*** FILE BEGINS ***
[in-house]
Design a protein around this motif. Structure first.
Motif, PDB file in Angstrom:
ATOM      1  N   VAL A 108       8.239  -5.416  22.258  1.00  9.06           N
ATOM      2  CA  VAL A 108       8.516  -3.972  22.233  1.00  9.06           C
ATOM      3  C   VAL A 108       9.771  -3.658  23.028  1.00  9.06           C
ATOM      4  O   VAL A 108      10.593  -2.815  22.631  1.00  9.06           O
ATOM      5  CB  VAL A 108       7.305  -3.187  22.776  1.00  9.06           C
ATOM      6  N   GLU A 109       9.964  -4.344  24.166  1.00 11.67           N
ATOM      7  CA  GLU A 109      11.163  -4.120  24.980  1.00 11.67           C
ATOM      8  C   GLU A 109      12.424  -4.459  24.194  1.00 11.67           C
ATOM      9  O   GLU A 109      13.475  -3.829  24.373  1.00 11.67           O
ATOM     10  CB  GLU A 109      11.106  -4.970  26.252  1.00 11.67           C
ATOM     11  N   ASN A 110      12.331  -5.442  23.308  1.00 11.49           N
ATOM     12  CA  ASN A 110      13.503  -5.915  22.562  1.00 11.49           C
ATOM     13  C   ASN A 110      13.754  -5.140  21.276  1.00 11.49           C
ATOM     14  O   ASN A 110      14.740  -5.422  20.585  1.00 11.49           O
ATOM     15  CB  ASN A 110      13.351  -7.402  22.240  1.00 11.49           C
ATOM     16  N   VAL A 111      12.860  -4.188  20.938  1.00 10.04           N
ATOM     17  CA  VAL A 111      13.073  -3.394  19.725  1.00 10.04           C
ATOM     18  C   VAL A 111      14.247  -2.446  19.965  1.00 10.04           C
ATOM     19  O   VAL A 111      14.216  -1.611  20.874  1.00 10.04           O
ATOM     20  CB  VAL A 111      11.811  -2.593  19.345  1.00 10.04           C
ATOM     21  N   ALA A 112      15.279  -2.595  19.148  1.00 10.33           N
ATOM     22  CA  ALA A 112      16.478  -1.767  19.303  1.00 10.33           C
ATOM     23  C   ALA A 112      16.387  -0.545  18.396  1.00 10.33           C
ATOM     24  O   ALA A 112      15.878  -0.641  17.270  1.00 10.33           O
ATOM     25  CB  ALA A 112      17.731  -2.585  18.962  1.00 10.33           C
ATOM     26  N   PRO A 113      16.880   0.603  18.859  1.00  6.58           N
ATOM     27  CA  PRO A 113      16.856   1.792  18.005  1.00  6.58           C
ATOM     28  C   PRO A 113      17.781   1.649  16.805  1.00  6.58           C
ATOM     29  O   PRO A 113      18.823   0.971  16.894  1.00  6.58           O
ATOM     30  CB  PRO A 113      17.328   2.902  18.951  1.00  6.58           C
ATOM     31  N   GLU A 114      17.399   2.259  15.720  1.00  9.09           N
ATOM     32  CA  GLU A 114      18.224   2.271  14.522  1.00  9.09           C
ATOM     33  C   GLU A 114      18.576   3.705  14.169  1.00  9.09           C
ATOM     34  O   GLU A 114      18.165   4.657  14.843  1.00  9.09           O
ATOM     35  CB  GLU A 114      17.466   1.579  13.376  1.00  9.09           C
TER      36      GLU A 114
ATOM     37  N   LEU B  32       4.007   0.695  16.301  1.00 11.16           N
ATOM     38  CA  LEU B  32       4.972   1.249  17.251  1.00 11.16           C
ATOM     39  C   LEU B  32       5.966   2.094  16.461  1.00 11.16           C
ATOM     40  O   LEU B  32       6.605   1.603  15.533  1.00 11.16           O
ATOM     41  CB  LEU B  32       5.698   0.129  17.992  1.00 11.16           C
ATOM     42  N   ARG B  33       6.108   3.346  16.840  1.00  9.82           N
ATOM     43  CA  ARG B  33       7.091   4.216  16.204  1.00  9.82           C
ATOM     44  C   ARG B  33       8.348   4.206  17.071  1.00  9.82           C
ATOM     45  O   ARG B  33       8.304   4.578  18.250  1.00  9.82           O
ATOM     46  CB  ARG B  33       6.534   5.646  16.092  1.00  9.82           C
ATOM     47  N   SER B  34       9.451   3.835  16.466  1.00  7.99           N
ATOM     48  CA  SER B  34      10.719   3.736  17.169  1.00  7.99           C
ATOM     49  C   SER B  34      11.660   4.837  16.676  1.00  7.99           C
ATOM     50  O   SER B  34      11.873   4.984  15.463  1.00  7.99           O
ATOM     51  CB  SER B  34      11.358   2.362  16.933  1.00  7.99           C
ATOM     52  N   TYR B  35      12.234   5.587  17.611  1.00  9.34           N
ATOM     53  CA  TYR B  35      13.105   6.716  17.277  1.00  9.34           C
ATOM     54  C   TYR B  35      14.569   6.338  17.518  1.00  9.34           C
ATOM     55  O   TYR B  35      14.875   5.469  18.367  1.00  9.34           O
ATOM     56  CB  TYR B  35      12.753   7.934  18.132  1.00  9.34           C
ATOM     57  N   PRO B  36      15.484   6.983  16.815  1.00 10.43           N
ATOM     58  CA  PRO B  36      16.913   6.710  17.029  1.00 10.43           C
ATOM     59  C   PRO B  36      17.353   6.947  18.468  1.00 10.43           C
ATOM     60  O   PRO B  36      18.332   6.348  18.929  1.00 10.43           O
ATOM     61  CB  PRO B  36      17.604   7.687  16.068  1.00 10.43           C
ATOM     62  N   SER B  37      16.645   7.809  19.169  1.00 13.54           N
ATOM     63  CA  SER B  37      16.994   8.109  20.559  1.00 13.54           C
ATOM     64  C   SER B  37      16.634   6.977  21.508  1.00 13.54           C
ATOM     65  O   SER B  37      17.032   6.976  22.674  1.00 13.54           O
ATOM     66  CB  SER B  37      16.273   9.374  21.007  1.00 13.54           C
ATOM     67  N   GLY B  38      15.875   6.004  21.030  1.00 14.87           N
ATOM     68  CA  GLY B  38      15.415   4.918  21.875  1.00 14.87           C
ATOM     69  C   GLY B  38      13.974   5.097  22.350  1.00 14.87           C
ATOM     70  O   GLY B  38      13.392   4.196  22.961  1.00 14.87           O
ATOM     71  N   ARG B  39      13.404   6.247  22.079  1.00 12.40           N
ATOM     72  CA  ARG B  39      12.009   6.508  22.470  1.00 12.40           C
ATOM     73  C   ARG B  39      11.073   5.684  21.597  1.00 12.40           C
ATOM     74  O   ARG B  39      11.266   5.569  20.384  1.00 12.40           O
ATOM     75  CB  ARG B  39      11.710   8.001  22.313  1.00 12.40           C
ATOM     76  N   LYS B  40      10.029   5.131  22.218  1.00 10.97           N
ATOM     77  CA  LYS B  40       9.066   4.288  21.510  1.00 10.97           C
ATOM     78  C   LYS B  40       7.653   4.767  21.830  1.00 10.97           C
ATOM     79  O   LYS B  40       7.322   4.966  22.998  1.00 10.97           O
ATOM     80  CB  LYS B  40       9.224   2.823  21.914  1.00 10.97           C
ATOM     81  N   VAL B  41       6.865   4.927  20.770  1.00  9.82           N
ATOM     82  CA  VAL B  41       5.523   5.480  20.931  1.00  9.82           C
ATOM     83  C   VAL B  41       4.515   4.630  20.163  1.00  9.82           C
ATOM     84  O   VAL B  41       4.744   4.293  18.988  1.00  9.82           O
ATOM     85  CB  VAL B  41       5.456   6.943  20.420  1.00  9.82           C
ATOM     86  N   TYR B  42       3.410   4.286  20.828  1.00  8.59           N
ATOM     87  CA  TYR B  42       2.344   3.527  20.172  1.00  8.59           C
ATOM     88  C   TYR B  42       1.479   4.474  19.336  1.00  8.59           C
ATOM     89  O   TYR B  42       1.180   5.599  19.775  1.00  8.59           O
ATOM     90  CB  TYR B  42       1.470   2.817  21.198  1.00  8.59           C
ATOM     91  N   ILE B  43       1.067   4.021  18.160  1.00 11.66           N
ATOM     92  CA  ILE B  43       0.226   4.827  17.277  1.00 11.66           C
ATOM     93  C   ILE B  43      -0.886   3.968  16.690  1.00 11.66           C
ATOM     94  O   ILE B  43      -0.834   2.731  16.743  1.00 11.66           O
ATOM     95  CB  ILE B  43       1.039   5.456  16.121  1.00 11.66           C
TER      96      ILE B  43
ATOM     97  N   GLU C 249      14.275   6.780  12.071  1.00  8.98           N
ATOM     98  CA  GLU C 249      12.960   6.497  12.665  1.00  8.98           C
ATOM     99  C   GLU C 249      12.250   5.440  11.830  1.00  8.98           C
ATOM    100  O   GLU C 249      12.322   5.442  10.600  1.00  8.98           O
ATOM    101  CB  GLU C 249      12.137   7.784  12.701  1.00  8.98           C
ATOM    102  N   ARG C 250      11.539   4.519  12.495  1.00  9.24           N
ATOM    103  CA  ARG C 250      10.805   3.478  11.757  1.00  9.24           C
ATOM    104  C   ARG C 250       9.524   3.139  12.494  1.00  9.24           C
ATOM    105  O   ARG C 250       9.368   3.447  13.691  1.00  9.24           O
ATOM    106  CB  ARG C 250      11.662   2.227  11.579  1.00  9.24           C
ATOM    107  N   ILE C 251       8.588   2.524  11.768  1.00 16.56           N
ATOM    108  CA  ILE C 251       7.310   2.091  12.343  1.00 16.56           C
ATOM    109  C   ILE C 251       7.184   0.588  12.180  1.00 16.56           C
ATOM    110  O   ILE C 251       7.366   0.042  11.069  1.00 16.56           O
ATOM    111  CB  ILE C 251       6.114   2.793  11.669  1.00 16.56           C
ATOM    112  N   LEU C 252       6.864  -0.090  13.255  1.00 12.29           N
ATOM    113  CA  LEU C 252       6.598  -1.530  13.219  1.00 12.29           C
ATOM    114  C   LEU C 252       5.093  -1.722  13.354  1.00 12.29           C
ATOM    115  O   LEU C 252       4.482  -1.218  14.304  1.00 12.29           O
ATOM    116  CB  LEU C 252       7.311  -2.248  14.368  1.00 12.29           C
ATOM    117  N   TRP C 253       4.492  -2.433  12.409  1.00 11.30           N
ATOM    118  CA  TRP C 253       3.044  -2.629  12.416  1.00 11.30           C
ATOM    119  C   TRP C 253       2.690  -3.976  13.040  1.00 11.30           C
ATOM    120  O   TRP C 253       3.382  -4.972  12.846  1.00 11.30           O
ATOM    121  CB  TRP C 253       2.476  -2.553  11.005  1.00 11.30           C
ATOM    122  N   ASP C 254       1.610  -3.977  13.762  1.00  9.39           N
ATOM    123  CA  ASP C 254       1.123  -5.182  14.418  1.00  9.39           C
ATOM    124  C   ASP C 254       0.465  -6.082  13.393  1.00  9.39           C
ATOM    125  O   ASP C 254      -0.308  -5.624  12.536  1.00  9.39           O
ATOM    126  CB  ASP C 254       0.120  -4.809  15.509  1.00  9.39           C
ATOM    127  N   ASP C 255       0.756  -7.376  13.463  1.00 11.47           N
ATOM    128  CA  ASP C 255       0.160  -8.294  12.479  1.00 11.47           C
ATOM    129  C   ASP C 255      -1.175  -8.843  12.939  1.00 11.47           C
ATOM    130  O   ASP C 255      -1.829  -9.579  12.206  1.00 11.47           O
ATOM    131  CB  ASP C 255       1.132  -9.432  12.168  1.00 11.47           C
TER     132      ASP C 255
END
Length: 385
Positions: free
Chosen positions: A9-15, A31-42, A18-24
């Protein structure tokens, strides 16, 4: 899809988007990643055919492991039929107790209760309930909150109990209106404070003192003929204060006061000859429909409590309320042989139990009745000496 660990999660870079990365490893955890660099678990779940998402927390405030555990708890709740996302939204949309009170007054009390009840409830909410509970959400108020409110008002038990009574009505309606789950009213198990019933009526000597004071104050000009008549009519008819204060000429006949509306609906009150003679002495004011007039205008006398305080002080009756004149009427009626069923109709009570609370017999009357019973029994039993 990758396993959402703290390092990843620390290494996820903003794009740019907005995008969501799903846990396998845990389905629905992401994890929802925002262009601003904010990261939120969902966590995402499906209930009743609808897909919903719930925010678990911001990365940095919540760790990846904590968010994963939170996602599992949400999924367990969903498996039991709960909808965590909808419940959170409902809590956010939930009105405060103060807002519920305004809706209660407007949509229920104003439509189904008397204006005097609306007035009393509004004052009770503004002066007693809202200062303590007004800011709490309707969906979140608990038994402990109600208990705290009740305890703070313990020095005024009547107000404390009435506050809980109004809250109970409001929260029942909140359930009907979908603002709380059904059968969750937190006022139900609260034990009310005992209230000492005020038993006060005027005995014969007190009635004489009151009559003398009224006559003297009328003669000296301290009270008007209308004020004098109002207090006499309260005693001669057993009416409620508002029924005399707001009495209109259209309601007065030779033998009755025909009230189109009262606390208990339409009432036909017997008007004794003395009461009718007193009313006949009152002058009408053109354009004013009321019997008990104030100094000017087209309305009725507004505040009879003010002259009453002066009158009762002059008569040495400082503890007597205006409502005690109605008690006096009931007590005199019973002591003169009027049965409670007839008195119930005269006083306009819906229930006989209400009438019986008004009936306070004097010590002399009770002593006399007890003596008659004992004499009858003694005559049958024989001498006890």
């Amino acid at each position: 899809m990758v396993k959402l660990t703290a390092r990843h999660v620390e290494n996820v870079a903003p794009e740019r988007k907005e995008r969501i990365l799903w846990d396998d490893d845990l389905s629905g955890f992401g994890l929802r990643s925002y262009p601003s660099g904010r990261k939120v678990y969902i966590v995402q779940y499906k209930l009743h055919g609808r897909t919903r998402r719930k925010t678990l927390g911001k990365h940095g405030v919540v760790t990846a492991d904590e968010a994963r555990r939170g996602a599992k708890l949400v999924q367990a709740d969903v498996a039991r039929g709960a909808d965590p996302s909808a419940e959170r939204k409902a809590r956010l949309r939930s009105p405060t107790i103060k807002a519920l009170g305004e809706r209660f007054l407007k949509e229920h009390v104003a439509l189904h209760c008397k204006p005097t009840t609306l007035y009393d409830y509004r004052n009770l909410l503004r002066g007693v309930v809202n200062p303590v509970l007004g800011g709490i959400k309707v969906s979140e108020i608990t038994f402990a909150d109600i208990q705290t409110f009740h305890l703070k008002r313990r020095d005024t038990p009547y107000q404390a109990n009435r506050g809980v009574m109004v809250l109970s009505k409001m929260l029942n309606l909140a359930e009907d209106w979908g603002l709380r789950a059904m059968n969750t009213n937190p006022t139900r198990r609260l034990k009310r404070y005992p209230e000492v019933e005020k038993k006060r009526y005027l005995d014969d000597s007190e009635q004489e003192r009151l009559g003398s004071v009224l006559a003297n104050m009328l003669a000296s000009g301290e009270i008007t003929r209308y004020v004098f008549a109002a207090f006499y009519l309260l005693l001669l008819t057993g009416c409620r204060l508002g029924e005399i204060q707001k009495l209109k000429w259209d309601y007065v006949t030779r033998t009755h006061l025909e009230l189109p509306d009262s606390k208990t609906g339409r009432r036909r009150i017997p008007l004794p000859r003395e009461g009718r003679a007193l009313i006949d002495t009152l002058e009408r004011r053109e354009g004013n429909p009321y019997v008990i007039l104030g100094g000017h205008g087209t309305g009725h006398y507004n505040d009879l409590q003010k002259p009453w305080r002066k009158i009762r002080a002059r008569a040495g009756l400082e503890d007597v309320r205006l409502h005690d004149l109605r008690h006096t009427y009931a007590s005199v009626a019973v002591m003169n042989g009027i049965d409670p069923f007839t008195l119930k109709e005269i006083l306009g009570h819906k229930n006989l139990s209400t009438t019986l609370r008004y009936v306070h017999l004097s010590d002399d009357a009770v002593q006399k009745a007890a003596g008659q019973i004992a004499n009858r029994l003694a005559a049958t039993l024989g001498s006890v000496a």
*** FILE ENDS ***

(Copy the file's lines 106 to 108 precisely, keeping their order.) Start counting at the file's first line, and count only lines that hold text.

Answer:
ATOM    103  CA  ARG C 250      10.805   3.478  11.757  1.00  9.24           C
ATOM    104  C   ARG C 250       9.524   3.139  12.494  1.00  9.24           C
ATOM    105  O   ARG C 250       9.368   3.447  13.691  1.00  9.24           O